How can you find relief and freedom from emotions that devastate you?
Cravings, sadness, fear and anger are nothing other than mere thoughts that we dramatize.
When we describe a passing thought as “a craving” because of the sense of urgency it gives us, we think we need to do something immediately to compensate that uncomfortable feeling. So we act on the thought, the craving is relieved, and a neuronal pathway is formed.
So the next time that thought reaches our consciousness, and the uncomfortable feeling arises from it, we habitually act.
We reach for a TV remote, or we go on a senseless shopping trail on Amazon, or we eat a chocolate. Or two.
In the brain there is now a vicious circle.
But what feels like an unbearable compulsion began as only a thought. If you believe and then dramatize the thought, the path to freedom and serenity is blocked.
And that path is everything.
“Compulsions obstruct the path by monopolizing consciousness,” says Buddhist scholar Stephen Batchelor in “Living with the Devil”. “The hypnotic fascination they exert prevents us from attending to anything else. We behave like a rabbit dazzled by the headlights of a car.”
Like rabbits, we are also run over.
We long to die to this discomfort. To not feel it.
Craving, sadness, anger or fear is suffering that always began with thoughts we believe in. Each emotion always begins as a simple thought we didn’t question yet.
Stressful thoughts like “I am not good enough!”, “she is disrespectful to me!”, “I hate my body!” and other all-consuming quests for love and approval cause us a lot of suffering.
In her book “I Need Your Love? – Is That True?” the bestselling author Byron Katie introduced thousands of people to her simple and profound method of finding happiness through questioning the mind. Using the method, you will inquire into painful beliefs that you’ve based your whole life on—and you’ll be delighted to see them evaporate.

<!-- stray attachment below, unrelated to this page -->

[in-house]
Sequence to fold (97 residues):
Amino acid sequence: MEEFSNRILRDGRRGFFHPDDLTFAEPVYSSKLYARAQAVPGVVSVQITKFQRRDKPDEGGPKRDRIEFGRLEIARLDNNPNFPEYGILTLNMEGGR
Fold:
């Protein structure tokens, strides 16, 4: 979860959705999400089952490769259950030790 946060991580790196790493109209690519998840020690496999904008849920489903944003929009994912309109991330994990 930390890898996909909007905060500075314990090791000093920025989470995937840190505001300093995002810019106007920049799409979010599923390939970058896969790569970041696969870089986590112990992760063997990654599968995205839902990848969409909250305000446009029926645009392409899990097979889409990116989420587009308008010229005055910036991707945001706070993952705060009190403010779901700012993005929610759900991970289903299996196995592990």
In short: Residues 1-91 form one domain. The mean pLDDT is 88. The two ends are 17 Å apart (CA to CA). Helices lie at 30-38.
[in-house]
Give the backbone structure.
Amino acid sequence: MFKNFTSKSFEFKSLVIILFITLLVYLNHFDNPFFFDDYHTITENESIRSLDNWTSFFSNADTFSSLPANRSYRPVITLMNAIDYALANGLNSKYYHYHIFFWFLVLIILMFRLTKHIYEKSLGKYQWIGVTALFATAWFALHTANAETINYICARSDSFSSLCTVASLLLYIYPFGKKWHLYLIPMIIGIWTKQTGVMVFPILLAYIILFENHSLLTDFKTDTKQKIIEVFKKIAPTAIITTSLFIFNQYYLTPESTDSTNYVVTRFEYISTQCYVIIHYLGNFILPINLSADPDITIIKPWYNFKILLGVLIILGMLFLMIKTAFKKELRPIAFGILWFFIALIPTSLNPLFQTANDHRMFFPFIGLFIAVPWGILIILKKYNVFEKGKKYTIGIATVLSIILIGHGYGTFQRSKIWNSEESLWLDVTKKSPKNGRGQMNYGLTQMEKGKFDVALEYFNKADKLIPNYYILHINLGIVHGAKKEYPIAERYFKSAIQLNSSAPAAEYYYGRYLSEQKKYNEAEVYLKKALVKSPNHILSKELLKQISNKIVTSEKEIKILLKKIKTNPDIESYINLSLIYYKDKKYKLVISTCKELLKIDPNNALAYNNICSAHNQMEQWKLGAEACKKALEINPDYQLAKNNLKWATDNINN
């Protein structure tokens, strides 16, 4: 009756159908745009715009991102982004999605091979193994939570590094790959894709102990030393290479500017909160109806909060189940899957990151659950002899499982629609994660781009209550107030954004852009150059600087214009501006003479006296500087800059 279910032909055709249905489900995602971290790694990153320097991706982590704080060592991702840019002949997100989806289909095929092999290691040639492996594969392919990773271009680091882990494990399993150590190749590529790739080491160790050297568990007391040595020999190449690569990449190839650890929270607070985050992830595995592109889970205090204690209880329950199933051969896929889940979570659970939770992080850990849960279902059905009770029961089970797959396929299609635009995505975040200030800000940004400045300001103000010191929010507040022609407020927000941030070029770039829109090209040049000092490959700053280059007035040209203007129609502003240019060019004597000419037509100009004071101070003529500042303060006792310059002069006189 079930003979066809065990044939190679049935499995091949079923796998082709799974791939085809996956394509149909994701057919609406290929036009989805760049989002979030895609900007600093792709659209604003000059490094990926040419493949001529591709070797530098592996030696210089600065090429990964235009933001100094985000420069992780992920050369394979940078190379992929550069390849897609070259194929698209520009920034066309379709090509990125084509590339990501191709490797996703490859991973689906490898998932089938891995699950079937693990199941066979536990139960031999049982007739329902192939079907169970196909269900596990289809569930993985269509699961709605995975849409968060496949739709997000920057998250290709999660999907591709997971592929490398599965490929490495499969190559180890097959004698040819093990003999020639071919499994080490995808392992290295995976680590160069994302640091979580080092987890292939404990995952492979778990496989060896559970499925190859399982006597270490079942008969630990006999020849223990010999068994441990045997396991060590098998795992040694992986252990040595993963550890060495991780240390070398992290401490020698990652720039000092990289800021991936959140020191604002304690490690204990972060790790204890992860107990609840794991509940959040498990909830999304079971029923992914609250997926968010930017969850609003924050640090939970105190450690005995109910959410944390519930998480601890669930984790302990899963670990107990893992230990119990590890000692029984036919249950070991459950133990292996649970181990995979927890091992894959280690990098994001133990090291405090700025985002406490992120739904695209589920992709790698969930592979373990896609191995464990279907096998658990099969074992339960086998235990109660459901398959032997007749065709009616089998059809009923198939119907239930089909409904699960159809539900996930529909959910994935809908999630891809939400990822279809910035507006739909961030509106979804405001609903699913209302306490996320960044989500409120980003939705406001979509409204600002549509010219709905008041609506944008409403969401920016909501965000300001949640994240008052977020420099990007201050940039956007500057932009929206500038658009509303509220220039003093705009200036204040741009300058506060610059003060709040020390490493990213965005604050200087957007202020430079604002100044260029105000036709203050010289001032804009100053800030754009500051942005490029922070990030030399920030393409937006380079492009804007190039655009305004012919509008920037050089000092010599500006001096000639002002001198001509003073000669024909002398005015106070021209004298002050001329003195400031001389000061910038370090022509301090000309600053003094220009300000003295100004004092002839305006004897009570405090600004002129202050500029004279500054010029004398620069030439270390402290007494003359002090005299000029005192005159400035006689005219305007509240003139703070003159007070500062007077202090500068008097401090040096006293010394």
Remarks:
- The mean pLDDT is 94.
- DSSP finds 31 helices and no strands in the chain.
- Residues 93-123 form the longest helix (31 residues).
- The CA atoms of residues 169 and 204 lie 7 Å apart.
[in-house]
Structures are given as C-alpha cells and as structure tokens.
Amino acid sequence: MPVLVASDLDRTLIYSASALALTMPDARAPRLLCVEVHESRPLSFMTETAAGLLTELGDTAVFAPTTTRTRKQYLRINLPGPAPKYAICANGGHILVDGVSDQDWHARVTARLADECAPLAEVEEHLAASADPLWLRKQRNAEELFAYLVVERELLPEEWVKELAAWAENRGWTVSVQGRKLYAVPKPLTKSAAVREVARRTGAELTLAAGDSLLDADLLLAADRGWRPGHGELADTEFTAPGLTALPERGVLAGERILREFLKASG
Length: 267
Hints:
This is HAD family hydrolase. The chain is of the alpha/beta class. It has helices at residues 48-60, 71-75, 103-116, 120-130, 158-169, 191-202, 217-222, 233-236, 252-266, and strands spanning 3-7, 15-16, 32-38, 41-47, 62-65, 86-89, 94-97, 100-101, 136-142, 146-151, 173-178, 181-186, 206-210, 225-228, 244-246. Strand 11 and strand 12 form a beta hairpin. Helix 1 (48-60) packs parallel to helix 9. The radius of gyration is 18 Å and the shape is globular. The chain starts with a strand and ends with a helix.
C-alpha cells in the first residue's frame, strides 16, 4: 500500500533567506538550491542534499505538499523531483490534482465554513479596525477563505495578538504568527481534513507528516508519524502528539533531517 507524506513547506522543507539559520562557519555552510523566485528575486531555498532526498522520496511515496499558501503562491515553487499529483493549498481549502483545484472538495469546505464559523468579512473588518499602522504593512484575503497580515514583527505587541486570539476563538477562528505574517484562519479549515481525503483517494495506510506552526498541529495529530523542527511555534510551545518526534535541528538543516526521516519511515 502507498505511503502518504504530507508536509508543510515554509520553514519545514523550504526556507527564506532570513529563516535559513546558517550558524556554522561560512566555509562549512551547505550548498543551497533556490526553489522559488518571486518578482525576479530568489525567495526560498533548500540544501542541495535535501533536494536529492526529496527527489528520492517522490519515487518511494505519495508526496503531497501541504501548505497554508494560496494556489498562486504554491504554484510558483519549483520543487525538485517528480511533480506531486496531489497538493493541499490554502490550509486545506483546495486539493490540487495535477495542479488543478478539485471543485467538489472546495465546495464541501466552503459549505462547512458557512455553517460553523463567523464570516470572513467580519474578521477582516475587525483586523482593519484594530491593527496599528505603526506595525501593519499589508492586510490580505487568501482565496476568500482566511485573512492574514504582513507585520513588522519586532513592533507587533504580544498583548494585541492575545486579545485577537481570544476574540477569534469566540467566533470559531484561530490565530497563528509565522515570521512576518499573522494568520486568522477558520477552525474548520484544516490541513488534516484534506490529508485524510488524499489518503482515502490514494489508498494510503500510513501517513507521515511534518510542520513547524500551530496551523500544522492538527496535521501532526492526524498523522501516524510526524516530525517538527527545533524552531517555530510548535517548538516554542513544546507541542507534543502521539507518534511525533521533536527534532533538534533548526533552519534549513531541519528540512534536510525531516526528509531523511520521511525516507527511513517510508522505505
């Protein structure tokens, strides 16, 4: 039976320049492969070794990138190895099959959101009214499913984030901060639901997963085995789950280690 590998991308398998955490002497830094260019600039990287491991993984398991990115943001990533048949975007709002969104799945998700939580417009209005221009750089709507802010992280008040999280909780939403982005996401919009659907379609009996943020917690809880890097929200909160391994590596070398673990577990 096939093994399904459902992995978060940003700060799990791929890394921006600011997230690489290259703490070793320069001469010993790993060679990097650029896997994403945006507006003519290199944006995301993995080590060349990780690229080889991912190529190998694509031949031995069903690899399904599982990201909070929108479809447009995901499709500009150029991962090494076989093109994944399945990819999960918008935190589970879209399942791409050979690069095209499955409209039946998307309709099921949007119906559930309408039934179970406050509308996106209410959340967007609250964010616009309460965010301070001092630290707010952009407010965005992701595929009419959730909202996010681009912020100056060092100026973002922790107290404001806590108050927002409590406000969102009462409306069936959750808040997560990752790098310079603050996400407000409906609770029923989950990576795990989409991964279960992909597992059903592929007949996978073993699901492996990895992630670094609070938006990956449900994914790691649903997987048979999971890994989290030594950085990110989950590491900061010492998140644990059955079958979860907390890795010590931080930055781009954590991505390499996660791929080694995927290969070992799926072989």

Katie shows you how unraveling the knots in the search for love, approval, and appreciation brings real love and puts you in charge of your own happiness.
How long do you want to believe in your stressful thoughts which cause you suffering every day?
Do you really want to wait a decade more until you finally decide to stop?
For many years I have been on my intensive journey of personal growth, all the while questioning my thoughts and freeing me from my mental blocks. And I must say that I am quite delighted as I see how powerful, how self-accepting, how self-loving and altogether kinder a person I am becoming each day.
Before I began this work and became a professional coach, I was thinking that my emotions and thoughts would kill me. Today however, all my relationships both at work and in my personal life are getting greater and greater, and I am immensely grateful for this.
Questioning one’s own thoughts isn’t easy. But this work on your thoughts, your inner beliefs and blocks worth it to begin with it right now.
What else can you do to grow and to stop to be the slave of your thoughts?
Stephen Batchelor says “To escape their grip does not entail suppressing them but creating a space in which we are freed to let them go and they are freed to disappear.”
His recommended form of creating that space is meditation.
But what if it were easier than that? What if we already knew about that space. . .that it was pre-existing inside of us? What if we were (already) that space? The space that the thought had shown up in?
And if we just relaxed a bit and grew still, the thought would just continue on passing by and disappear far away…
“As soon as I know the mind is distorted,” says Shantideva, “I should remain as steady as a log.”